How Conflict Entrenched the Right to Privacy
We are about to mark the fiftieth anniversary of Griswold v. Connecticut,1 a 1965 case in which the Supreme Court struck down a Connecticut law that criminalized the use of contraception, in the process giving birth to the modern right to privacy. From Griswold’s understanding of “liberty” grew the right to make decisions about abortion, and the right to engage in same-sex sex, without coercion by the criminal law. How has our understanding of the Constitution’s protection for “liberty” come to include sex and marriage, whether sex in marriage, or same-sex marriage?
In what follows, I will consider debates over the right to contraception and its progeny at three points in history: in the 1960s when the Court first decided the Griswold case; in 1980s “culture war” struggles over Griswold during the Reagan era; and in current conflicts over the right to privacy—in the recently decided Hobby Lobby case2 and in continuing struggles over same-sex couples’ right to marry. The story illustrates how the making of constitutional meaning occurs all around us, not only in formal processes of constitution-making or in acts of constitutional interpretation by the Court, but also in day-to-day debates among ordinary Americans. Importantly, Griswold’s story shows how deeply the Constitution’s meaning is shaped byconflict as well as by consent. Griswold’s story demonstrates how conflict over the right to privacy—one of the most fiercely contested rights in the modern constitutional canon—has helped to entrench the right to privacy, to make it endure, and to imbue it with evolving meaning.
Neither contraception nor abortion was banned at the nation’s founding. It was after the Civil War that the federal government enacted the 1873 Comstock Act, which criminalized contraception and abortion together as obscenity.3 Anthony Comstock and his supporters judged “obscene” contraception, abortion, and other practices that would free sex from the purpose of procreation in marriage. Many states enacted versions of the Comstock statute, including Connecticut in 1879.4
The Victorian understanding of sexuality and family life that supported bans on contraception began to erode by the early decades of the twentieth century. In World War I, the federal government authorized the use of condoms to protect military men from the threat of venereal disease.5 Growing numbers of newly enfranchised women joined or supported a movement for birth control.6 Government officials began to read federal and state bans on contraception as containing implicit exceptions for protecting health.7 By mid-century, social scientists were informing the public about the wide variation in hetero- and homosexual practice, changing popular understandings of “normal” sex in the process.8
If evolving sexual mores and the efforts of the birth control movement were essential pre-conditions to Griswold, so, too, was a transatlantic debate among elites about the role of the criminal law in enforcing sexual morals. In 1955, U.S. law professor Herbert Wechsler led a prominent “model penal code” commission in drafting a report that for the first time omitted sodomy, stating that “[n]o harm to the secular interests of the community is involved in atypical sex practice in private between consenting adult partners. This area of private morals is the distinctive concern of spiritual authorities.”9 In 1957, England’s Wolfenden Commission made headlines by proposing to repeal criminal bans on sodomy as infringing on sexual relations that were properly “private.”10 In the ensuing debate over the Commission’s report, Lord Patrick Devlin defended the use of the criminal law to enforce public morals,11 while H.L.A. Hart countered by emphasizing the importance of protecting a sphere of liberty, of individual privacy, from the reach of the criminal law.12 This debate about whether and when it was appropriate to criminalize sex would soon spread from public policy and political philosophy to constitutional law.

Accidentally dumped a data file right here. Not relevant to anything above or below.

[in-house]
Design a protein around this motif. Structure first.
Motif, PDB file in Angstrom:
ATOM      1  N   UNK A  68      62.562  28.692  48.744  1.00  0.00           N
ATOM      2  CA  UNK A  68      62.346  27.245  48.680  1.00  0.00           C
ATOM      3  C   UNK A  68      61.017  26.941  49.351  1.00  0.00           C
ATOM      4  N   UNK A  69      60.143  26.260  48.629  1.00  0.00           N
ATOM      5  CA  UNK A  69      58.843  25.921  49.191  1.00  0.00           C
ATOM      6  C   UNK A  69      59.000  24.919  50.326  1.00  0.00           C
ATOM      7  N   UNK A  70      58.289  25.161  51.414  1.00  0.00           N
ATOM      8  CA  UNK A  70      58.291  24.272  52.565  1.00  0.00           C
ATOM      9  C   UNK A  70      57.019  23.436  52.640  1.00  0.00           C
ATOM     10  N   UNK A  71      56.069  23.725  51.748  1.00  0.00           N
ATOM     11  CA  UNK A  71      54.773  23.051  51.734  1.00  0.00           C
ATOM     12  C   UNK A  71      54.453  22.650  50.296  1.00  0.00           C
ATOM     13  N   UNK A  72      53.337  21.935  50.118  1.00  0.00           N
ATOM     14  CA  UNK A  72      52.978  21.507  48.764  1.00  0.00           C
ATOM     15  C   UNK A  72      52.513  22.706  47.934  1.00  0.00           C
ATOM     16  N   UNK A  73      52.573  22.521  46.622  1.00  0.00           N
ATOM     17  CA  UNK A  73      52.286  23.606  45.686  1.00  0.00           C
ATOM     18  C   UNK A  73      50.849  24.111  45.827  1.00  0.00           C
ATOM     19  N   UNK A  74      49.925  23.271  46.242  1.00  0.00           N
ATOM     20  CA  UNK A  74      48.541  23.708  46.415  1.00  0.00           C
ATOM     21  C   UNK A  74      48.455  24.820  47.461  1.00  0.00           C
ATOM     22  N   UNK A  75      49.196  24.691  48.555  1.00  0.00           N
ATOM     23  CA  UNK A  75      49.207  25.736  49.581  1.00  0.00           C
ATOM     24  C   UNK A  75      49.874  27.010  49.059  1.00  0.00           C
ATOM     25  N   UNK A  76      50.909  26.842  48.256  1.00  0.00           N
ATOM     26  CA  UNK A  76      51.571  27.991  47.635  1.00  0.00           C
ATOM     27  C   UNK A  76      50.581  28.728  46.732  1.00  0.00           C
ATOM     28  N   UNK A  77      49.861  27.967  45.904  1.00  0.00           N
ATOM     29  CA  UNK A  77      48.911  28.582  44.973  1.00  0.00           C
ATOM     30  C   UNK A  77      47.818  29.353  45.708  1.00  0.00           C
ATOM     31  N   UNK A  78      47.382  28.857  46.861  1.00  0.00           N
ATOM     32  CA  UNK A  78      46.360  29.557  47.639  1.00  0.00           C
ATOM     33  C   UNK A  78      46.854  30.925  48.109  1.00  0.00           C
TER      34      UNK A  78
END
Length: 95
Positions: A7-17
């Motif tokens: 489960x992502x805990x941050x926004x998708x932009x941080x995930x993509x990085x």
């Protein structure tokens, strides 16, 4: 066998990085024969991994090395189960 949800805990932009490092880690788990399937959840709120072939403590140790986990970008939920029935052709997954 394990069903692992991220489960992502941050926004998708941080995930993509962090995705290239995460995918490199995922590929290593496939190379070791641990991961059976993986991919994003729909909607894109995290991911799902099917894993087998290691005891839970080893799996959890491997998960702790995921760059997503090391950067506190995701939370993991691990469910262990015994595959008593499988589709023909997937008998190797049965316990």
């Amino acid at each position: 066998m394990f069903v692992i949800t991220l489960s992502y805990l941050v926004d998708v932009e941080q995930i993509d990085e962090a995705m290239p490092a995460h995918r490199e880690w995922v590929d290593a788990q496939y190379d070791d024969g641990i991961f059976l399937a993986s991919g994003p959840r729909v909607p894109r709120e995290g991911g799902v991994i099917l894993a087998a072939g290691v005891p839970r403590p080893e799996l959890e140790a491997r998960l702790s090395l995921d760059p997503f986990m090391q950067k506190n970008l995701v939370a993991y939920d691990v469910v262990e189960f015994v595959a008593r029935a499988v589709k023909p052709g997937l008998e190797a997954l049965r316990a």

In 1961, a case challenging Connecticut’s law prohibiting contraception reached the Supreme Court in Poe v. Ullman.13 However, at Justice Frankfurter’s urging, a sharply divided Court refused to decide it for want of a prosecution.14 In a lengthy dissent, Justice Harlan countered that a threat of prosecution made the case ripe for decision. Even as Justice Harlan seemed to side with Devlin in affirming the state’s authority to regulate sexual morals—including “laws forbidding adultery, fornication and homosexual practices”15—Justice Harlan urged that “the most substantial claim which these married persons press is their right to enjoy the privacy of their marital relations free of the enquiry of the criminal law.”16
In the wake of the Poe decision, doctors, lawyers, and professors of Yale University worked with Estelle Griswold of the local Planned Parenthood clinic and with lawyers of the national birth control movement and the American Civil Liberties Union to set up a test case challenging Connecticut’s ban on contraception.17 In 1965, the Supreme Court declared Connecticut’s ban on contraception unconstitutional in Griswold v. Connecticut.18 While lawyers of the period had begun to articulate new frameworks—focusing on privacy between consenting adults and even sex equality—the Court’s decision followed Justice Harlan’s lead and emphasized the privacy of the marriage relationship.19 Justices Stewart and Black strenuously dissented. Because the right to privacy lacked a sufficient basis in the Constitution, they argued, the Court had usurped the democratic prerogatives of the people of Connecticut.20
The Griswold opinion became deeply entrenched in our constitutional tradition, first by judicial elaboration in Supreme Court decisions and then, just as importantly, by political conflict over those decisions.
Over the ensuing decades, pushed by growing movements debating the decriminalization of abortion and the decriminalization of same-sex sex,21 the Supreme Court progressively expanded Griswold’s reach, first extending the right to contraception to unmarried persons in the 1972 case of Eisenstadt v. Baird22 and then declaring in the 1973 case of Roe v. Wade that the “right of privacy . . . is broad enough to encompass a woman’s decision whether or not to terminate her pregnancy.”23